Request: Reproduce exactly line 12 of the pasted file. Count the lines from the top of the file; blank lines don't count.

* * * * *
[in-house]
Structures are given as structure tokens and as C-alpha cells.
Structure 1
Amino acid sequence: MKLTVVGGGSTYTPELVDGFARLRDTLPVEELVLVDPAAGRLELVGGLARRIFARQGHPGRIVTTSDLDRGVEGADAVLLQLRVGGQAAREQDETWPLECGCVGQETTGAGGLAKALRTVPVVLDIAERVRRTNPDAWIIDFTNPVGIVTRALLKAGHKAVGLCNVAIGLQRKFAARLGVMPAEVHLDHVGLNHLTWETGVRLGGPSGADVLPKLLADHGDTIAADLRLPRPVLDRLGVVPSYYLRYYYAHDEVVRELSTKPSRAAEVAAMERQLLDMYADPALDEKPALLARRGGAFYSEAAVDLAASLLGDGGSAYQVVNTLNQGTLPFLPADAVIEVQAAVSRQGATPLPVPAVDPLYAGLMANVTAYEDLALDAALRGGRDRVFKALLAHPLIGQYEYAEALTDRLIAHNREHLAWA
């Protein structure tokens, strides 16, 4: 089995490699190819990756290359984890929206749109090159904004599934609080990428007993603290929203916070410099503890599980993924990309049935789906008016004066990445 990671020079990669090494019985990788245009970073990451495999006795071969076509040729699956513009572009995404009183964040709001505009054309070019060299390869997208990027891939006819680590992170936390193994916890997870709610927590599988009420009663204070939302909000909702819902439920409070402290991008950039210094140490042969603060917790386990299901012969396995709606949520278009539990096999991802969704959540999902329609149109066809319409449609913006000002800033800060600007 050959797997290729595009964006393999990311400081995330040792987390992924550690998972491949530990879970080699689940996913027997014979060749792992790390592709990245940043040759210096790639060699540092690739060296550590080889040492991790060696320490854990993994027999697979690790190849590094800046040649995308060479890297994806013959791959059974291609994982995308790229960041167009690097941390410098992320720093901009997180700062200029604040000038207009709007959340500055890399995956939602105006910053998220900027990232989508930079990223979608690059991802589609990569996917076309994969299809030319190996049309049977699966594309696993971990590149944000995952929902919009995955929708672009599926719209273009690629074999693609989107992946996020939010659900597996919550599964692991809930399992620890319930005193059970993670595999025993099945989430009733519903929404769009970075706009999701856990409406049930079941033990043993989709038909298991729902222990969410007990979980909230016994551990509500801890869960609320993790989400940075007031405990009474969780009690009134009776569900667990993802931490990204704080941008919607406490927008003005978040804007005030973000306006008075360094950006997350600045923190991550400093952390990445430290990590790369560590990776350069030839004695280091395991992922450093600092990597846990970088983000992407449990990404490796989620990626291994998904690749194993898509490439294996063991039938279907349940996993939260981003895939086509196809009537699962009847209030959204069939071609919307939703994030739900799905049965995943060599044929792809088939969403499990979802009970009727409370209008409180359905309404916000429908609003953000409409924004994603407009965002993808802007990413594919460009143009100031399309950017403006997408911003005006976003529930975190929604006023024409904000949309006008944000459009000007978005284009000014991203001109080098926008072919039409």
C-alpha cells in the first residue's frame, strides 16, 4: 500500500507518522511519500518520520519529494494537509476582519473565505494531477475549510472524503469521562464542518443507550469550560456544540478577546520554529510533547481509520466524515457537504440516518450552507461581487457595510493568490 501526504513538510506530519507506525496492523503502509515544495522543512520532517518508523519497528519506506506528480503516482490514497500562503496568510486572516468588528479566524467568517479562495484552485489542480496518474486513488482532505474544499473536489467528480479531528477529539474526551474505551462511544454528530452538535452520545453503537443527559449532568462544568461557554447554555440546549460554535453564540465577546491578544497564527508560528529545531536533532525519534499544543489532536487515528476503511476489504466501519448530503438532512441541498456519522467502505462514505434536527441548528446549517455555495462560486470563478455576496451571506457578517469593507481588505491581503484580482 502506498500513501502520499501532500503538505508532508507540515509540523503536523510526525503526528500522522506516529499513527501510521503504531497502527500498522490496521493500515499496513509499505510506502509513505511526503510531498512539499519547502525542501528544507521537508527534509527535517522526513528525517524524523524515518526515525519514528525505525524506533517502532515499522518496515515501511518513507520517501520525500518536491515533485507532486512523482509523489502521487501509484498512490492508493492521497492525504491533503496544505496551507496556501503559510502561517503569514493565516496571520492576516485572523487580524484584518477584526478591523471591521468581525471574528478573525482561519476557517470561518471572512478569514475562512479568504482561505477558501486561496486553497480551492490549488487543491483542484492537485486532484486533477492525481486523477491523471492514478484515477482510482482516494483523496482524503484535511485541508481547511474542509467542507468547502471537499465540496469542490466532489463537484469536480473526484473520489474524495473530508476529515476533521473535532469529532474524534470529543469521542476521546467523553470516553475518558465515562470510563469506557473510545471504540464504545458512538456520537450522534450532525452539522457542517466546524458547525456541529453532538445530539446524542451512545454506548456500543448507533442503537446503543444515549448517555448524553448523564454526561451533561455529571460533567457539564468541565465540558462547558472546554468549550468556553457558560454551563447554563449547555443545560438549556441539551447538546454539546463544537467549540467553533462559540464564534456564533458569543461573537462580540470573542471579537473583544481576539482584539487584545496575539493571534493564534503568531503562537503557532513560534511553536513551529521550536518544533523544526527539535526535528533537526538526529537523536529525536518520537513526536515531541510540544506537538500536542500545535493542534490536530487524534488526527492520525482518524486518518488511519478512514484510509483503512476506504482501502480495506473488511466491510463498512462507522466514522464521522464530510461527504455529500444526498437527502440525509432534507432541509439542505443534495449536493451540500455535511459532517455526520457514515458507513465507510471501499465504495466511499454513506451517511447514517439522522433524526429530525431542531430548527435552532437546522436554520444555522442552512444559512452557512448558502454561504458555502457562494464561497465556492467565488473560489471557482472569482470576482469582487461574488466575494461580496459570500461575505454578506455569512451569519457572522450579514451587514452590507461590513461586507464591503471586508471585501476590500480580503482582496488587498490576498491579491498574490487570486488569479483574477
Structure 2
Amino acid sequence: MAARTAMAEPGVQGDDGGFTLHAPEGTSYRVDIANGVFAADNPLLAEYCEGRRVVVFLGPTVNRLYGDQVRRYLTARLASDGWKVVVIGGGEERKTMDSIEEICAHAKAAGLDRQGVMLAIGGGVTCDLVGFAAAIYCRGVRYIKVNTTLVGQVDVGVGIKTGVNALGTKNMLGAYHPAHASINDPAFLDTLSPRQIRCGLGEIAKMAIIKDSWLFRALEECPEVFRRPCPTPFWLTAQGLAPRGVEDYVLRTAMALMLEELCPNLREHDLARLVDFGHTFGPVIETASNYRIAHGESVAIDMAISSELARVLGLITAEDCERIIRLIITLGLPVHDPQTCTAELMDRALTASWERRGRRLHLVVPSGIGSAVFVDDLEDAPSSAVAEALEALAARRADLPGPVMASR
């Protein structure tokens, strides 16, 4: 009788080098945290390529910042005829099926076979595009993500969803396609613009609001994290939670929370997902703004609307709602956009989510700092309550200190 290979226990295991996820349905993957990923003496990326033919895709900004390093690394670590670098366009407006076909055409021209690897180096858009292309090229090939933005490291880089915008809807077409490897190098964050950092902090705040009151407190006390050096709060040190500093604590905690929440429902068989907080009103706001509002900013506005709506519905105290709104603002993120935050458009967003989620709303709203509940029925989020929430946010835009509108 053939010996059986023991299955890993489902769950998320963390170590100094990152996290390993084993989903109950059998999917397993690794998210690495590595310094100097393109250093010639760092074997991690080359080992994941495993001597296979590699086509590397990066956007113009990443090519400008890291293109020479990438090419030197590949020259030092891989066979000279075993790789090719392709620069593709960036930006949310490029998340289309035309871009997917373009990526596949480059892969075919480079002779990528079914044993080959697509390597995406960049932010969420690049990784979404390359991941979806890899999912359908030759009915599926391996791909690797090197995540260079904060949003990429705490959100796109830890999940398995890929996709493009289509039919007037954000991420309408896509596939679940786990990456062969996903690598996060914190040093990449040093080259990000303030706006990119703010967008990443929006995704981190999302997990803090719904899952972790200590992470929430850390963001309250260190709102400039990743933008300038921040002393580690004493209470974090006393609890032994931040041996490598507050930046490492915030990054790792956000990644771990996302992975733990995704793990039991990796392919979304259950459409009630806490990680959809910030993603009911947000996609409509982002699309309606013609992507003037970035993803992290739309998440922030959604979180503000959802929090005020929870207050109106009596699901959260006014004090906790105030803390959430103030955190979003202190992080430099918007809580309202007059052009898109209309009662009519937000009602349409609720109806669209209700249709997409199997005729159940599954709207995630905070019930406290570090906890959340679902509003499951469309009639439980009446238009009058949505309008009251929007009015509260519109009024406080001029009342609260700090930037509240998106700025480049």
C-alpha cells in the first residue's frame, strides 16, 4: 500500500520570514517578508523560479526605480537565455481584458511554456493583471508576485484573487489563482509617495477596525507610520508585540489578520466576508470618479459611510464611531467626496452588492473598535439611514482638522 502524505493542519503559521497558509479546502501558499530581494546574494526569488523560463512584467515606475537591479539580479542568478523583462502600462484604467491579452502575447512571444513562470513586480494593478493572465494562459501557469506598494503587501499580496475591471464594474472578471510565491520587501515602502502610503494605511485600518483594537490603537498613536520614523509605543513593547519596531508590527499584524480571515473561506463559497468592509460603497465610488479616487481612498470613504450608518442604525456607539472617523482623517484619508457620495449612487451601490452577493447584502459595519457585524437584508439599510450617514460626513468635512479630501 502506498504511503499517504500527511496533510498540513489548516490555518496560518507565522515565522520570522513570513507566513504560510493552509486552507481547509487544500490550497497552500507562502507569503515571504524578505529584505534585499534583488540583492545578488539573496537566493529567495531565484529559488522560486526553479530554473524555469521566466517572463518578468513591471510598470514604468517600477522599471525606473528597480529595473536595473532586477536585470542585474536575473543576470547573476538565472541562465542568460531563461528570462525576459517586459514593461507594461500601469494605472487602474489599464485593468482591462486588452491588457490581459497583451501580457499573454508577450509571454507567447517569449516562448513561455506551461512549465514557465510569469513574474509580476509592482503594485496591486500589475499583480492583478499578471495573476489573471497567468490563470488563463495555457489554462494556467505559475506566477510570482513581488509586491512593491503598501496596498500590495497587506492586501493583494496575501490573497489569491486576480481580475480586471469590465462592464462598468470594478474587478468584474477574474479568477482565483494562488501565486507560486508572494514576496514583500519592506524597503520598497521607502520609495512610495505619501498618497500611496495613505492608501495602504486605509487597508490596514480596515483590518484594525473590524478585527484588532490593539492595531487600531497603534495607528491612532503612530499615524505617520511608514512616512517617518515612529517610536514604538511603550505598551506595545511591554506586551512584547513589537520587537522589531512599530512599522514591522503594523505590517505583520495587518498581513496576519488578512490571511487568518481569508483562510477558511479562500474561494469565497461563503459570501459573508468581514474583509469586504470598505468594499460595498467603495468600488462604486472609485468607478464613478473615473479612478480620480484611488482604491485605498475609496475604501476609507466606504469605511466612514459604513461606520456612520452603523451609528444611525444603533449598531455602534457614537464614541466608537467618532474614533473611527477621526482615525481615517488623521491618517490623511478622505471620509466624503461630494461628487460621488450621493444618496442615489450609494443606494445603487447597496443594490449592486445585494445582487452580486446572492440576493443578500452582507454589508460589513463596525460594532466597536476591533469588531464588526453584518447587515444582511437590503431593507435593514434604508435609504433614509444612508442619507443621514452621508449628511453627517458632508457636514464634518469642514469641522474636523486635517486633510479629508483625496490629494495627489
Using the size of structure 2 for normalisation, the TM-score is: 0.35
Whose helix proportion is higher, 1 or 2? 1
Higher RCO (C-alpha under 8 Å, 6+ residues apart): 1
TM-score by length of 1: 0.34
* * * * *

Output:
Whose helix proportion is higher, 1 or 2? 1